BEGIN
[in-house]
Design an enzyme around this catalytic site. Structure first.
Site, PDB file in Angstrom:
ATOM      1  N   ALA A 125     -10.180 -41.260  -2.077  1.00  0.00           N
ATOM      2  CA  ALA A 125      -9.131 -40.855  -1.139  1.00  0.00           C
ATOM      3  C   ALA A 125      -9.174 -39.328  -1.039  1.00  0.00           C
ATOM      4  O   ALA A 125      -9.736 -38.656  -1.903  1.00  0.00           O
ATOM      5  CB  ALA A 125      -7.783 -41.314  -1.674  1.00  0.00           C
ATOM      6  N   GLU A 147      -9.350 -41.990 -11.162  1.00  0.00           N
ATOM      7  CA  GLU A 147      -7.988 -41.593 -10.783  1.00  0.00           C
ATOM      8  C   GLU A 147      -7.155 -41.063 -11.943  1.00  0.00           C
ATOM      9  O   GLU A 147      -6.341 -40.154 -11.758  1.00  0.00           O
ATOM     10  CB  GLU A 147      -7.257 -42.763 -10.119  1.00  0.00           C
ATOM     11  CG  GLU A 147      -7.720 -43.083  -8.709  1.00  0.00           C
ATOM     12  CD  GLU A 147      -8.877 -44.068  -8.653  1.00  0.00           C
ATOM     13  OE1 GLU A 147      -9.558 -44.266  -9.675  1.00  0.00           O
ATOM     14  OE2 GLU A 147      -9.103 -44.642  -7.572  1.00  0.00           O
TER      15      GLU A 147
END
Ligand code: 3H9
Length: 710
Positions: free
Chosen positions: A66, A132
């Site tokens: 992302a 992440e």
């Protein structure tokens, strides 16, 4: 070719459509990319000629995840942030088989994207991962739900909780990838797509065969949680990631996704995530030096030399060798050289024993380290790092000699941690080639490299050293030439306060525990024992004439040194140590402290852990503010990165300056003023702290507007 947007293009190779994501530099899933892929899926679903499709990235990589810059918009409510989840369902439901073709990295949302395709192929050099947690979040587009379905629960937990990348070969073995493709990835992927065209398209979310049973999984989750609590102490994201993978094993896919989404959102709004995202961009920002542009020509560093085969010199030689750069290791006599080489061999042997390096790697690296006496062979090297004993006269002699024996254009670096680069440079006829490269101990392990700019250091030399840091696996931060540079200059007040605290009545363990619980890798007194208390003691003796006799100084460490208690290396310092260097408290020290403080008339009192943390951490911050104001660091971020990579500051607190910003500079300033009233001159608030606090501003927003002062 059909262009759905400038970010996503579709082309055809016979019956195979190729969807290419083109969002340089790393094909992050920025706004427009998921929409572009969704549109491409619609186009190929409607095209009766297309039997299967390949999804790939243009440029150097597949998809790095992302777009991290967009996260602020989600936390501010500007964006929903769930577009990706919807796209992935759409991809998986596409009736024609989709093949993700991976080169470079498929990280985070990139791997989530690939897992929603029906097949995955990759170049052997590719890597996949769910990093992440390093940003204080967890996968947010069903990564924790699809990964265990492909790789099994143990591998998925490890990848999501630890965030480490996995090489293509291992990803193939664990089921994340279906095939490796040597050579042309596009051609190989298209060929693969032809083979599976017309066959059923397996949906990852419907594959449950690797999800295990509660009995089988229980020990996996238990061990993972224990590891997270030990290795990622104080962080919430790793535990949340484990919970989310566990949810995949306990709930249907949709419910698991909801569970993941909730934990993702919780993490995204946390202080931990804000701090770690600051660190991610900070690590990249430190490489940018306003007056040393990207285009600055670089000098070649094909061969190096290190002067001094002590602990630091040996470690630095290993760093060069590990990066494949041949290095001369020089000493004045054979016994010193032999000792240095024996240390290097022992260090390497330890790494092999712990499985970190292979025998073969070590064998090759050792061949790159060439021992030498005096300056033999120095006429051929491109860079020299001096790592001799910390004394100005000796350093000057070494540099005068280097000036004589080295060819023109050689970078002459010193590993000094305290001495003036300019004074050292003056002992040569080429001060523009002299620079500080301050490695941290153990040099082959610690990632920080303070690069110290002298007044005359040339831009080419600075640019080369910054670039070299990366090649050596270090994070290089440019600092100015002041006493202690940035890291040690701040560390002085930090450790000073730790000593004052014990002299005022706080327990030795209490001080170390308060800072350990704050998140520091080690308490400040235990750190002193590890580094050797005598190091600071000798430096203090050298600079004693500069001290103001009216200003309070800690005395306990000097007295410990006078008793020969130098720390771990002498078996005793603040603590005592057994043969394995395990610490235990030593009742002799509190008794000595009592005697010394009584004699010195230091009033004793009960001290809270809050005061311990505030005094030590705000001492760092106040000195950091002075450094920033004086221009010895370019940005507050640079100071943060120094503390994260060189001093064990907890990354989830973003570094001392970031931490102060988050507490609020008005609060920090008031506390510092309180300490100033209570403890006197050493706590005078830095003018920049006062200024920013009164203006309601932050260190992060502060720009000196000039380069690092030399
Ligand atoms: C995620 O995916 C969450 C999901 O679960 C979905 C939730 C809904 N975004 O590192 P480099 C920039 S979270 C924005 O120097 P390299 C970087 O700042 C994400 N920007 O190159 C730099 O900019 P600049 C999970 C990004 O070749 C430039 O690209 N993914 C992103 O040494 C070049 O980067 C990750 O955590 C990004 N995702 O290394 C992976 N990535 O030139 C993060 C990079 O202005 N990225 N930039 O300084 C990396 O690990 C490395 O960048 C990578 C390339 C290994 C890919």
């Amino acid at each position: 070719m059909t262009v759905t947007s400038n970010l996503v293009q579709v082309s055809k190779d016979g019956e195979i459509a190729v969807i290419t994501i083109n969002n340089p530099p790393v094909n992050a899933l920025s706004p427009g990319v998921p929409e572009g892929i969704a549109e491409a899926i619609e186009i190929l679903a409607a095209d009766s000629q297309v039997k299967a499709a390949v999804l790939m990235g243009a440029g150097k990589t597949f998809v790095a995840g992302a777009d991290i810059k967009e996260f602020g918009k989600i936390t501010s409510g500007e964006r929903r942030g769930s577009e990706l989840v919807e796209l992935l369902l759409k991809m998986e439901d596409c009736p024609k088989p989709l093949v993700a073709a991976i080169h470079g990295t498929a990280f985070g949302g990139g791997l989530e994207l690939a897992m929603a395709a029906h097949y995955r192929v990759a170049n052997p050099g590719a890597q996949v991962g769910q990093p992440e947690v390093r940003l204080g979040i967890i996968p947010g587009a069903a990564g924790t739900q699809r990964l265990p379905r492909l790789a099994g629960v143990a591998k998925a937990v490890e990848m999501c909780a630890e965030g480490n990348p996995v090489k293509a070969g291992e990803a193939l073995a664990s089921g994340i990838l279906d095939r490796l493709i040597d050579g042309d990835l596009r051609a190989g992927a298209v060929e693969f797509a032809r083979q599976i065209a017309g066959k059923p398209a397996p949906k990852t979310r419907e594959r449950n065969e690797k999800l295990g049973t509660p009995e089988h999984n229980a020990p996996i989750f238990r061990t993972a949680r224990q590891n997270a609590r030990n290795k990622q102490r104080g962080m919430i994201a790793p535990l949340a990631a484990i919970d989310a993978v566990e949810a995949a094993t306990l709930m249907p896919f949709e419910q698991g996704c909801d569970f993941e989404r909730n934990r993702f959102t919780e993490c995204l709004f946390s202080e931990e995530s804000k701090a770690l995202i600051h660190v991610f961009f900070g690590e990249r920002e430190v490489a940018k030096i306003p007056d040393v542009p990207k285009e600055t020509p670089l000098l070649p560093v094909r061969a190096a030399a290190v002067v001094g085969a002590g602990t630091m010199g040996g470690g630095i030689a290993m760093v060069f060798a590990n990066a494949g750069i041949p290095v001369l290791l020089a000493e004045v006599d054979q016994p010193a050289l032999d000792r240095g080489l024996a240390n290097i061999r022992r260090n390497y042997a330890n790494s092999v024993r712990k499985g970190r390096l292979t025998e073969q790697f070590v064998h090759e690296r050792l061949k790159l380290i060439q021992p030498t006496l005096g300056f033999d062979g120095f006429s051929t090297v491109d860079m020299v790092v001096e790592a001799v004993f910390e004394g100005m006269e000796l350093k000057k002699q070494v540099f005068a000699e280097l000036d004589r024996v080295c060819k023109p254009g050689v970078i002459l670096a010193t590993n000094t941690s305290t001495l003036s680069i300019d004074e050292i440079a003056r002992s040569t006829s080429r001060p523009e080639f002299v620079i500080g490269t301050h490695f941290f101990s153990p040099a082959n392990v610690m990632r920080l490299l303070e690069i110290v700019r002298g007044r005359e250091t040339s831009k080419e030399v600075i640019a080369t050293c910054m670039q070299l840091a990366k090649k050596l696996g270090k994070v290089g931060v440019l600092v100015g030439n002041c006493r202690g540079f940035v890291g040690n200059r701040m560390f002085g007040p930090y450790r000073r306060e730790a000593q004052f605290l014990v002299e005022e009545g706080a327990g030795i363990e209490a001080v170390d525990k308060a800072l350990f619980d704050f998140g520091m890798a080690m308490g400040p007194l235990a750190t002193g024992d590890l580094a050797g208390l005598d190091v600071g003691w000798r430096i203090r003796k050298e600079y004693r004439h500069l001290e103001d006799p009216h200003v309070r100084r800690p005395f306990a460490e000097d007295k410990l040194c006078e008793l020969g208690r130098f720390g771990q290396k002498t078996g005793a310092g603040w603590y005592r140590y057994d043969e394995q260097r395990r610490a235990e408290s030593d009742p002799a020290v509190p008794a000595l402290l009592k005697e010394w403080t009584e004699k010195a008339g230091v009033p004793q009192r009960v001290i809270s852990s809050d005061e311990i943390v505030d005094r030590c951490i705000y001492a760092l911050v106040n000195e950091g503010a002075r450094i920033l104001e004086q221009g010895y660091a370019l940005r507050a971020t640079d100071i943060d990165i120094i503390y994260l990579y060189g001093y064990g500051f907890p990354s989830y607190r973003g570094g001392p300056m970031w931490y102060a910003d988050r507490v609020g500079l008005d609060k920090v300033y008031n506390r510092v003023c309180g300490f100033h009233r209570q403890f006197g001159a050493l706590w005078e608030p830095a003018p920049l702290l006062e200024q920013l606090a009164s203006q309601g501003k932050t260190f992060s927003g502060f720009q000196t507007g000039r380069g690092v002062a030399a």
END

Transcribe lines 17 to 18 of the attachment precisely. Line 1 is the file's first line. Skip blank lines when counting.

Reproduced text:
ATOM     14  OE2 GLU A 147      -9.103 -44.642  -7.572  1.00  0.00           O
TER      15      GLU A 147